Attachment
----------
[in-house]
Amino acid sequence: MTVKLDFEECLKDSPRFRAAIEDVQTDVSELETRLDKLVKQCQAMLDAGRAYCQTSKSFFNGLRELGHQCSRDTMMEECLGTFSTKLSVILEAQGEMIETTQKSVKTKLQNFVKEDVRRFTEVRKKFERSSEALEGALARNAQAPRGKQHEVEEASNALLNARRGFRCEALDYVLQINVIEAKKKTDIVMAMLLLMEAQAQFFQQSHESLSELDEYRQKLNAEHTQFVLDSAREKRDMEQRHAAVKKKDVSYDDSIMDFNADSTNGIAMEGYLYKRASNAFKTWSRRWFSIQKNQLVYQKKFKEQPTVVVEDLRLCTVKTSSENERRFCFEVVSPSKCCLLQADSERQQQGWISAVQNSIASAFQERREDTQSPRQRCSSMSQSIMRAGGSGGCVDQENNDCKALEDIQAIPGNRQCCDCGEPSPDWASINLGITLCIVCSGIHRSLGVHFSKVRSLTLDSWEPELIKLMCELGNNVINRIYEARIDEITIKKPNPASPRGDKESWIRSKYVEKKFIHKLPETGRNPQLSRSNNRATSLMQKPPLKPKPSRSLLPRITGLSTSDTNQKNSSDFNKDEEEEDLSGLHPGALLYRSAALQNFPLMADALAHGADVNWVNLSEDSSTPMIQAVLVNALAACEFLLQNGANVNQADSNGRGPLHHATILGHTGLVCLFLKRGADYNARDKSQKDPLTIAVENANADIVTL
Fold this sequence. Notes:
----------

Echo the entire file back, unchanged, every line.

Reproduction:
[in-house]
Amino acid sequence: MTVKLDFEECLKDSPRFRAAIEDVQTDVSELETRLDKLVKQCQAMLDAGRAYCQTSKSFFNGLRELGHQCSRDTMMEECLGTFSTKLSVILEAQGEMIETTQKSVKTKLQNFVKEDVRRFTEVRKKFERSSEALEGALARNAQAPRGKQHEVEEASNALLNARRGFRCEALDYVLQINVIEAKKKTDIVMAMLLLMEAQAQFFQQSHESLSELDEYRQKLNAEHTQFVLDSAREKRDMEQRHAAVKKKDVSYDDSIMDFNADSTNGIAMEGYLYKRASNAFKTWSRRWFSIQKNQLVYQKKFKEQPTVVVEDLRLCTVKTSSENERRFCFEVVSPSKCCLLQADSERQQQGWISAVQNSIASAFQERREDTQSPRQRCSSMSQSIMRAGGSGGCVDQENNDCKALEDIQAIPGNRQCCDCGEPSPDWASINLGITLCIVCSGIHRSLGVHFSKVRSLTLDSWEPELIKLMCELGNNVINRIYEARIDEITIKKPNPASPRGDKESWIRSKYVEKKFIHKLPETGRNPQLSRSNNRATSLMQKPPLKPKPSRSLLPRITGLSTSDTNQKNSSDFNKDEEEEDLSGLHPGALLYRSAALQNFPLMADALAHGADVNWVNLSEDSSTPMIQAVLVNALAACEFLLQNGANVNQADSNGRGPLHHATILGHTGLVCLFLKRGADYNARDKSQKDPLTIAVENANADIVTL
Fold this sequence. Notes: